13. 13. Data center DB Server Game Development Ecosystem Game Server Game Client Internet 게임 기획자 Game concept Game logic design Game balance Game graphic asset 게임 그래픽 디자이너 Server app impl. Game logic impl. Client app impl. Game logic impl. 소프트웨어 엔지니어 소프트웨어 엔지니어 Server mgmt Server monitoring Log analysis 시스템 엔지니어, DBA
  14. 14. Data center DB Server Game Development Ecosystem Game Server Game Client Internet 게임 기획자 Game concept Game logic design Game balance Game graphic asset 게임 그래픽 디자이너 Server app impl. Game logic impl. Client app impl. Game logic impl. 소프트웨어 엔지니어 소프트웨어 엔지니어 Server mgmt Server monitoring Log analysis 시스템 엔지니어, DBA
  15. 15. Who is the key player? Mobile game is an entertainment business targeting end users. Hence, game designer and graphic designer are important. • They determine look & feel. Also, game logic. • But it assumes your engineers do not break anything. Unfortunately, they will. Engineers cannot guarantee success, but can lead to failure. • Software reliability is crucial. • But very hard to find decent, experienced engineers.
  16. 16. Resource Requirement to Build a Mobile Game Depending on game scale • Casual games vs. mid-core games vs. hard-core games If building a casual game… • Around 300M KRW investment • less than 10 members • 6-9mo development • 6-12mo service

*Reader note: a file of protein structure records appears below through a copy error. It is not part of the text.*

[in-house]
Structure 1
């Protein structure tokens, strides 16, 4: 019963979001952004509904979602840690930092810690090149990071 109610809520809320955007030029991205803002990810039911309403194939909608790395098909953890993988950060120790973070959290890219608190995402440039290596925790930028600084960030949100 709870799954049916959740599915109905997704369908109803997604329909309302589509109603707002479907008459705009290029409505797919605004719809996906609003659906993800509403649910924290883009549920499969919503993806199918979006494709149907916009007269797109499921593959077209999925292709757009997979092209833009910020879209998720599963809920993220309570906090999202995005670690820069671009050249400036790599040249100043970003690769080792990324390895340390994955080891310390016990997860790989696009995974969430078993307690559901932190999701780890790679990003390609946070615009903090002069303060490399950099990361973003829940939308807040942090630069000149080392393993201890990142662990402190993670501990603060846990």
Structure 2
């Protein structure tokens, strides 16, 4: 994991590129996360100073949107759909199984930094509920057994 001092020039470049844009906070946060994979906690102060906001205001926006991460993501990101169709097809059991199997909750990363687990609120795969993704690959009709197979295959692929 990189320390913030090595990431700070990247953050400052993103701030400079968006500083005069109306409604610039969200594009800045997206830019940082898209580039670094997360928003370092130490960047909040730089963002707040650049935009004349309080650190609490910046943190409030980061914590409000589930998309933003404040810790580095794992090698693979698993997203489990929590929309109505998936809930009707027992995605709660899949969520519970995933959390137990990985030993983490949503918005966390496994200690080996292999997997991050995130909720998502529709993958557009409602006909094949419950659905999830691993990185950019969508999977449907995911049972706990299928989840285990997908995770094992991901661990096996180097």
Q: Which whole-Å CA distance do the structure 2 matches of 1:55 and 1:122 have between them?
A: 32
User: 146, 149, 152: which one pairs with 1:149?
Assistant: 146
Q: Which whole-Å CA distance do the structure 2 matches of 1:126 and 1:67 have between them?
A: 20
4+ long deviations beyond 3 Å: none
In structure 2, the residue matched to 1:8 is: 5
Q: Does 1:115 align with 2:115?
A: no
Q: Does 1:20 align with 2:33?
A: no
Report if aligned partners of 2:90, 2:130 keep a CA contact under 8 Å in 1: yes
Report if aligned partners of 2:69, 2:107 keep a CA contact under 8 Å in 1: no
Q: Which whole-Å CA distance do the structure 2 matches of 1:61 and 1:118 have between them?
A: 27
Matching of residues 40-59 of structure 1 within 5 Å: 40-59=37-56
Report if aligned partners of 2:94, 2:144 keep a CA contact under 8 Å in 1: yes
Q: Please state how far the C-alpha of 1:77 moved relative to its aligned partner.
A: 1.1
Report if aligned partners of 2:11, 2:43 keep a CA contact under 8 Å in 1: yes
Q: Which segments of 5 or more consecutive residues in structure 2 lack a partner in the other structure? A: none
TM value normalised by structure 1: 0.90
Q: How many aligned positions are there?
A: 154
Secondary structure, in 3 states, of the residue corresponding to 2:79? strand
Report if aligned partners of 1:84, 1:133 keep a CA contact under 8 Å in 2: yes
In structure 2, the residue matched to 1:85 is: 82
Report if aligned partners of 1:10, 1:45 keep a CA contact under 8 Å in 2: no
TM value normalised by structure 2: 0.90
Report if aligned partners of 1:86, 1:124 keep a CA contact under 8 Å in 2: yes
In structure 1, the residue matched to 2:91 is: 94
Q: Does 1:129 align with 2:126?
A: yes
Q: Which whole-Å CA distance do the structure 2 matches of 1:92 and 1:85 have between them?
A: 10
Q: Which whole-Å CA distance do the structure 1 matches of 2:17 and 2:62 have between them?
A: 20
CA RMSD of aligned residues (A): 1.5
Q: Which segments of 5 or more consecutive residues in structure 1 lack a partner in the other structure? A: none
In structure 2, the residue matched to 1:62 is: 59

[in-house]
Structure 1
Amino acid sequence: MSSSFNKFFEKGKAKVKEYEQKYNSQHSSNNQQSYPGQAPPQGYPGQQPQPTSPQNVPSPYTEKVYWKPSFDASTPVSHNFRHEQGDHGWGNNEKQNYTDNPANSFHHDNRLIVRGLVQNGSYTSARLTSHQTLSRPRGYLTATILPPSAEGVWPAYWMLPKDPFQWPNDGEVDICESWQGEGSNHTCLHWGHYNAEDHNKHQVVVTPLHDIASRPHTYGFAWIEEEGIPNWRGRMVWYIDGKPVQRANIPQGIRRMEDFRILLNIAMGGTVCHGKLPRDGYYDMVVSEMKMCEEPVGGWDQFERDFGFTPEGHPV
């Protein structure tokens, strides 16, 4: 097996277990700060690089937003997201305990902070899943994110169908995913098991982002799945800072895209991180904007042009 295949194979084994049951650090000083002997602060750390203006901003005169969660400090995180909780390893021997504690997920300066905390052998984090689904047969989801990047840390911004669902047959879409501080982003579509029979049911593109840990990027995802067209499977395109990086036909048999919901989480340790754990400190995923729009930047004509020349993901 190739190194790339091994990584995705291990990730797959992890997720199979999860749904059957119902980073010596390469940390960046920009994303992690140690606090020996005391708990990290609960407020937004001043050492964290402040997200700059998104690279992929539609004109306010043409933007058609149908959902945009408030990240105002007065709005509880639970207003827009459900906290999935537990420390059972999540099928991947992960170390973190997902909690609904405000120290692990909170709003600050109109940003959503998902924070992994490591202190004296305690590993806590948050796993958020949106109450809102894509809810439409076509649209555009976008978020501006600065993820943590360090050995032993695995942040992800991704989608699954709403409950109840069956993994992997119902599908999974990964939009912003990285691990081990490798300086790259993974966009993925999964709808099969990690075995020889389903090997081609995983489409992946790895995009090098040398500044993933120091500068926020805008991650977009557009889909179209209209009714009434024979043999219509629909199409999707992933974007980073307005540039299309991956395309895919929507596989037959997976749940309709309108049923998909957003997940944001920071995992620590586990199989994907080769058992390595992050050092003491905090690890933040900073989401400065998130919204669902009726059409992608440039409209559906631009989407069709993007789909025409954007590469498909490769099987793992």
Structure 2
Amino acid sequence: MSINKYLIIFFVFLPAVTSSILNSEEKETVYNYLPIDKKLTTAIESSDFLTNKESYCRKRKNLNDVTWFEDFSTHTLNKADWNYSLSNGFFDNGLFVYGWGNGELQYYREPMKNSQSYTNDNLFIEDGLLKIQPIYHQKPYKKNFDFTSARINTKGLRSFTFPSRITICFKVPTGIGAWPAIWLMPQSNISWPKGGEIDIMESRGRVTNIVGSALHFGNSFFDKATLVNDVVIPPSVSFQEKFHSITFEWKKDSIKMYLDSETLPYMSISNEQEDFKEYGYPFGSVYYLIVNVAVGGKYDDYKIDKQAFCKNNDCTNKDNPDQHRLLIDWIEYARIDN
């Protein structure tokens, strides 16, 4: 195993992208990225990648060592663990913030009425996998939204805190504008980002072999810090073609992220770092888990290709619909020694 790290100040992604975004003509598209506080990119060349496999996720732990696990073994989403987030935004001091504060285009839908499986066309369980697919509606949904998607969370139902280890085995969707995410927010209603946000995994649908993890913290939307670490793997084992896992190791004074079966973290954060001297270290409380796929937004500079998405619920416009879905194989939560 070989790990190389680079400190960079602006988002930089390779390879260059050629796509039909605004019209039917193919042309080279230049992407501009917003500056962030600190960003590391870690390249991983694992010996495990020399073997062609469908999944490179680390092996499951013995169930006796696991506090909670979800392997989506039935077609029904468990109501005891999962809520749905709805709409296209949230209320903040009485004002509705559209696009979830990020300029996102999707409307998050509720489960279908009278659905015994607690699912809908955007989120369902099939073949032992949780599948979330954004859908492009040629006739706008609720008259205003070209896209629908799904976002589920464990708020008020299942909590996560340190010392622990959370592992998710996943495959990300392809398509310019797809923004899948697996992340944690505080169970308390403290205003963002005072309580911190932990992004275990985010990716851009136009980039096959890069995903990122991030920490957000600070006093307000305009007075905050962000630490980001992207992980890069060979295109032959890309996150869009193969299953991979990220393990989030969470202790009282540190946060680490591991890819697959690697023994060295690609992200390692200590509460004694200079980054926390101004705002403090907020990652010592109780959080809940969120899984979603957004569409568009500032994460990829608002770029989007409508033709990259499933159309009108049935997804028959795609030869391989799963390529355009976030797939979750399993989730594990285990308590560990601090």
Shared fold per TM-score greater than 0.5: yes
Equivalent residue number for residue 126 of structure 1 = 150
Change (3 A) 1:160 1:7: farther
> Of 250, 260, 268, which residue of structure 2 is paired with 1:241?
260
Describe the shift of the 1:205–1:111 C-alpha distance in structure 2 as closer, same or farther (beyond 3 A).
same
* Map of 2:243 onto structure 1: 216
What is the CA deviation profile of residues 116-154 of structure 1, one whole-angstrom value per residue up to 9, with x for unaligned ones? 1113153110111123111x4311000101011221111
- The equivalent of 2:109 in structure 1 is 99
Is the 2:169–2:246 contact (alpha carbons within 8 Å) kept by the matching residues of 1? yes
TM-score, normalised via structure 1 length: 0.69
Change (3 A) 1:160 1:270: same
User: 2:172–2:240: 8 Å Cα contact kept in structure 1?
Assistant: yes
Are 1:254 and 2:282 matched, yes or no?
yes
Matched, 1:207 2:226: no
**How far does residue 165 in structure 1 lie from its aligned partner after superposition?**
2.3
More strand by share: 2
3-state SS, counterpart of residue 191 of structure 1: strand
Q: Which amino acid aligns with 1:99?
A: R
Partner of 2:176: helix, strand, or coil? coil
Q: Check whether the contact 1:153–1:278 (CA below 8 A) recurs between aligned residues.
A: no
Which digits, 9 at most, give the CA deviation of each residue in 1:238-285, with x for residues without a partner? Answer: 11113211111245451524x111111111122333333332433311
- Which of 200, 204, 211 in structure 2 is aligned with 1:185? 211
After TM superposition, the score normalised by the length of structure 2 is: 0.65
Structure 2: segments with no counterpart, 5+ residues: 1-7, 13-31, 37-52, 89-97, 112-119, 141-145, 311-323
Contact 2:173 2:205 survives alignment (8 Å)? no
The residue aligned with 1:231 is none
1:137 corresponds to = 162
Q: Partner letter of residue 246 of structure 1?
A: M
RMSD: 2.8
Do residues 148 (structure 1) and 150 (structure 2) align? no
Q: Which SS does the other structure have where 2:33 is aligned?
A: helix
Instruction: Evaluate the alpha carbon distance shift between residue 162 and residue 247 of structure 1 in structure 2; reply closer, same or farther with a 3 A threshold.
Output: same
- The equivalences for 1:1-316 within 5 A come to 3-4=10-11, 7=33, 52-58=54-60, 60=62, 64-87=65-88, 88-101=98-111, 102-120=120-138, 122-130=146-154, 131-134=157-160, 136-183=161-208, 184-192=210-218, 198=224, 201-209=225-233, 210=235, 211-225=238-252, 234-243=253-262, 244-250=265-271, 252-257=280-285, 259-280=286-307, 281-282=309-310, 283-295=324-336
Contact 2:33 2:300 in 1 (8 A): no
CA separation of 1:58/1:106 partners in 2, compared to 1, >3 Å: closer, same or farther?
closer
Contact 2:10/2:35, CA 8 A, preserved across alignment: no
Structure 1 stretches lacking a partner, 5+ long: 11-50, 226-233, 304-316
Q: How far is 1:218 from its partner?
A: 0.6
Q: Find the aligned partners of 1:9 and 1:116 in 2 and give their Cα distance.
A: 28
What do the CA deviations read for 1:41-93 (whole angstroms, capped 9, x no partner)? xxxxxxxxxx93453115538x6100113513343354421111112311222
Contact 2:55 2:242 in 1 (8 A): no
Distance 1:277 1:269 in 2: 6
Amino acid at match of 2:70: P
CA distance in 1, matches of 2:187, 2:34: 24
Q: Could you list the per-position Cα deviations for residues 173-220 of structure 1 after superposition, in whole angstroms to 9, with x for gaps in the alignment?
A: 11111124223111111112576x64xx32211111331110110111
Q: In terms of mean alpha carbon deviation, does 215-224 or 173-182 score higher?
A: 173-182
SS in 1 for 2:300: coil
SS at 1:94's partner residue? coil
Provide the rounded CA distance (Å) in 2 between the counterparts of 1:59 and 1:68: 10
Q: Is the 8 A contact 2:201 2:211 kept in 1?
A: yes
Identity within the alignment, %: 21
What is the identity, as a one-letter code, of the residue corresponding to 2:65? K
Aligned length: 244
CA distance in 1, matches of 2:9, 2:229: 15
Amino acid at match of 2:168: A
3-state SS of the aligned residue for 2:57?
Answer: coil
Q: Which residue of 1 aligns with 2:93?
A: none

17. 17. Sorry, Buddy. Things Are Getting Worse. Competition getting fierce Need to design bigger games • More people & time. Hence, more cost… Need to shorten time-to-market • More people. Again, more cost…
  18. 18. Efforts to Reduce Development Cycle Client-side • Relying on client engines (e.g., Unity3D, Cocos2D, …) Server-side • Hardware: using IaaS cloud for server provisioning. (AWS) • Software: leveraging web server technologies. • Game features: Adopting external components/services. (e.g., leaderboard, community)
  19. 19. Incompleteness of existing server-side solution IaaS helps, but to a limited extent • Installing OS is not what engineers spend most of time. • Converting into game server is the most time-consuming and error-prone. Not all games are built on top of web server • HTTP works on a request-response basis.  Complex games require complex communication patterns. • Web server is stateless in general.  Even trivial operation should hit database. Integrating into external service takes time. • Also gives learning curve.
  20. 20. Backend Service for Mobile Games A set of hardware resources and software components accessible via API to resolve issues in building mobile game server and related infrastructure.
  21. 21. Mobile Game Backend Design Space Infrastructure Game server core In-game components
  22. 22. Design Consideration #1: Infrastructure Cloud storage • For player profiles and game achievements • Exposing DB interface vs. providing API?